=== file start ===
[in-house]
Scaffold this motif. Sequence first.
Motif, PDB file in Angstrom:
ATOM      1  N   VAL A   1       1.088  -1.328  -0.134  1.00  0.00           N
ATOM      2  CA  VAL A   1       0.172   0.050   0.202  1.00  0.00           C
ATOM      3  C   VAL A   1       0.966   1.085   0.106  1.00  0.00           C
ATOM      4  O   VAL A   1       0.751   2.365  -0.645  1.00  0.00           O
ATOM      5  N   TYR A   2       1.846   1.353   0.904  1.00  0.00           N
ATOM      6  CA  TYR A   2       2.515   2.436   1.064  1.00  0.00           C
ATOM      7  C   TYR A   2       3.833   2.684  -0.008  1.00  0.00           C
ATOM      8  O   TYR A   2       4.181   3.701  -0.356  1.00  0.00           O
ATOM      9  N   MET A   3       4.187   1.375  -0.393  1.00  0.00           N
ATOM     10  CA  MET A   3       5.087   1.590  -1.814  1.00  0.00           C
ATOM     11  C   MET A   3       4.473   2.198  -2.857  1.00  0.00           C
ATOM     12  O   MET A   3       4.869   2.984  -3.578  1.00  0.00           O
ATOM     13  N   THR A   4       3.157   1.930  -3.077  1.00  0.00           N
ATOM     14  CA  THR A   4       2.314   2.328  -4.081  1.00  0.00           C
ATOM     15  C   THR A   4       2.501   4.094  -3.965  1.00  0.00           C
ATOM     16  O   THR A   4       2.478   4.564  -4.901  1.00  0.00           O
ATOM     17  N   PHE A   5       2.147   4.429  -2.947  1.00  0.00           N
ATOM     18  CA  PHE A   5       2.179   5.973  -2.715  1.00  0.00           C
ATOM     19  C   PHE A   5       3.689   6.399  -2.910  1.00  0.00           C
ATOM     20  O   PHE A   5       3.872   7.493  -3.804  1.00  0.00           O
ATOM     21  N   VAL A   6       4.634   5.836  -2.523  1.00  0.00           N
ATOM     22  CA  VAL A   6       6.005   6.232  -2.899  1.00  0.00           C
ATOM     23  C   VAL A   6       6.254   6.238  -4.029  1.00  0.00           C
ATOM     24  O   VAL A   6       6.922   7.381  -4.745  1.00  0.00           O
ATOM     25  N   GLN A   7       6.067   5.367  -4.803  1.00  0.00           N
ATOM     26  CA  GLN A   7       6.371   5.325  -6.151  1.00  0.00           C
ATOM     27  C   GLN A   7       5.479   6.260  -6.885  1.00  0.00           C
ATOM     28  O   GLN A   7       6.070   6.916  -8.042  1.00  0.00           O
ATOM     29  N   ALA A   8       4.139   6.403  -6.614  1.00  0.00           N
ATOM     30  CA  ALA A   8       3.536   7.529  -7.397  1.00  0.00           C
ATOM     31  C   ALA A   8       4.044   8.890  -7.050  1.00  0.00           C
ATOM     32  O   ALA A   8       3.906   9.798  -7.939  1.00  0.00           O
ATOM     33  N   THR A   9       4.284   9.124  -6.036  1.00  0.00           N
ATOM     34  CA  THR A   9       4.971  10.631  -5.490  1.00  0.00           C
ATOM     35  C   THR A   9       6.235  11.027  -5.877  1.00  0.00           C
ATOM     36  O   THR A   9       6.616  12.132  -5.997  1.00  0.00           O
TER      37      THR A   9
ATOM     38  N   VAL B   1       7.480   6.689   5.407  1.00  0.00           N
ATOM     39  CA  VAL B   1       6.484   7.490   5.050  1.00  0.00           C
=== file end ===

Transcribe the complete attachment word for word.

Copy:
[in-house]
Scaffold this motif. Sequence first.
Motif, PDB file in Angstrom:
ATOM      1  N   VAL A   1       1.088  -1.328  -0.134  1.00  0.00           N
ATOM      2  CA  VAL A   1       0.172   0.050   0.202  1.00  0.00           C
ATOM      3  C   VAL A   1       0.966   1.085   0.106  1.00  0.00           C
ATOM      4  O   VAL A   1       0.751   2.365  -0.645  1.00  0.00           O
ATOM      5  N   TYR A   2       1.846   1.353   0.904  1.00  0.00           N
ATOM      6  CA  TYR A   2       2.515   2.436   1.064  1.00  0.00           C
ATOM      7  C   TYR A   2       3.833   2.684  -0.008  1.00  0.00           C
ATOM      8  O   TYR A   2       4.181   3.701  -0.356  1.00  0.00           O
ATOM      9  N   MET A   3       4.187   1.375  -0.393  1.00  0.00           N
ATOM     10  CA  MET A   3       5.087   1.590  -1.814  1.00  0.00           C
ATOM     11  C   MET A   3       4.473   2.198  -2.857  1.00  0.00           C
ATOM     12  O   MET A   3       4.869   2.984  -3.578  1.00  0.00           O
ATOM     13  N   THR A   4       3.157   1.930  -3.077  1.00  0.00           N
ATOM     14  CA  THR A   4       2.314   2.328  -4.081  1.00  0.00           C
ATOM     15  C   THR A   4       2.501   4.094  -3.965  1.00  0.00           C
ATOM     16  O   THR A   4       2.478   4.564  -4.901  1.00  0.00           O
ATOM     17  N   PHE A   5       2.147   4.429  -2.947  1.00  0.00           N
ATOM     18  CA  PHE A   5       2.179   5.973  -2.715  1.00  0.00           C
ATOM     19  C   PHE A   5       3.689   6.399  -2.910  1.00  0.00           C
ATOM     20  O   PHE A   5       3.872   7.493  -3.804  1.00  0.00           O
ATOM     21  N   VAL A   6       4.634   5.836  -2.523  1.00  0.00           N
ATOM     22  CA  VAL A   6       6.005   6.232  -2.899  1.00  0.00           C
ATOM     23  C   VAL A   6       6.254   6.238  -4.029  1.00  0.00           C
ATOM     24  O   VAL A   6       6.922   7.381  -4.745  1.00  0.00           O
ATOM     25  N   GLN A   7       6.067   5.367  -4.803  1.00  0.00           N
ATOM     26  CA  GLN A   7       6.371   5.325  -6.151  1.00  0.00           C
ATOM     27  C   GLN A   7       5.479   6.260  -6.885  1.00  0.00           C
ATOM     28  O   GLN A   7       6.070   6.916  -8.042  1.00  0.00           O
ATOM     29  N   ALA A   8       4.139   6.403  -6.614  1.00  0.00           N
ATOM     30  CA  ALA A   8       3.536   7.529  -7.397  1.00  0.00           C
ATOM     31  C   ALA A   8       4.044   8.890  -7.050  1.00  0.00           C
ATOM     32  O   ALA A   8       3.906   9.798  -7.939  1.00  0.00           O
ATOM     33  N   THR A   9       4.284   9.124  -6.036  1.00  0.00           N
ATOM     34  CA  THR A   9       4.971  10.631  -5.490  1.00  0.00           C
ATOM     35  C   THR A   9       6.235  11.027  -5.877  1.00  0.00           C
ATOM     36  O   THR A   9       6.616  12.132  -5.997  1.00  0.00           O
TER      37      THR A   9
ATOM     38  N   VAL B   1       7.480   6.689   5.407  1.00  0.00           N
ATOM     39  CA  VAL B   1       6.484   7.490   5.050  1.00  0.00           C